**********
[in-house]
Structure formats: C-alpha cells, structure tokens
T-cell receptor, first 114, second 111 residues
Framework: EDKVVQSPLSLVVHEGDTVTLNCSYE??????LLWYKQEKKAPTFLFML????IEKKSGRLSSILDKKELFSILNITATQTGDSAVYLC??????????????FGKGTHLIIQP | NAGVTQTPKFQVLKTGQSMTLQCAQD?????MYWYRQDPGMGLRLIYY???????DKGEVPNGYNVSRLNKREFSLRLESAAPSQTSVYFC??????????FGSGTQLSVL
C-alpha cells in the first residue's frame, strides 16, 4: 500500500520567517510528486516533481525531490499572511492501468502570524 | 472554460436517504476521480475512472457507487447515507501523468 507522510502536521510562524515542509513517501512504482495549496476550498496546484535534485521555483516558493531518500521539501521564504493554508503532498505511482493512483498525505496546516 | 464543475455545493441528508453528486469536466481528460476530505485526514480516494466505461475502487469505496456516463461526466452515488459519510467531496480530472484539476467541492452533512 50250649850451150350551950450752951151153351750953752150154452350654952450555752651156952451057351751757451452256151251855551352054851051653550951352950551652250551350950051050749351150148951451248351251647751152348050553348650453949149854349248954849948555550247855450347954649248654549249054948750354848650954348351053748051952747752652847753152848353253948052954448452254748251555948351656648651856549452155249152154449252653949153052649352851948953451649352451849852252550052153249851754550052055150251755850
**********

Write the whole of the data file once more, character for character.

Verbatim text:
[in-house]
Structure formats: C-alpha cells, structure tokens
T-cell receptor, first 114, second 111 residues
Framework: EDKVVQSPLSLVVHEGDTVTLNCSYE??????LLWYKQEKKAPTFLFML????IEKKSGRLSSILDKKELFSILNITATQTGDSAVYLC??????????????FGKGTHLIIQP | NAGVTQTPKFQVLKTGQSMTLQCAQD?????MYWYRQDPGMGLRLIYY???????DKGEVPNGYNVSRLNKREFSLRLESAAPSQTSVYFC??????????FGSGTQLSVL
C-alpha cells in the first residue's frame, strides 16, 4: 500500500520567517510528486516533481525531490499572511492501468502570524 | 472554460436517504476521480475512472457507487447515507501523468 507522510502536521510562524515542509513517501512504482495549496476550498496546484535534485521555483516558493531518500521539501521564504493554508503532498505511482493512483498525505496546516 | 464543475455545493441528508453528486469536466481528460476530505485526514480516494466505461475502487469505496456516463461526466452515488459519510467531496480530472484539476467541492452533512 50250649850451150350551950450752951151153351750953752150154452350654952450555752651156952451057351751757451452256151251855551352054851051653550951352950551652250551350950051050749351150148951451248351251647751152348050553348650453949149854349248954849948555550247855450347954649248654549249054948750354848650954348351053748051952747752652847753152848353253948052954448452254748251555948351656648651856549452155249152154449252653949153052649352851948953451649352451849852252550052153249851754550052055150251755850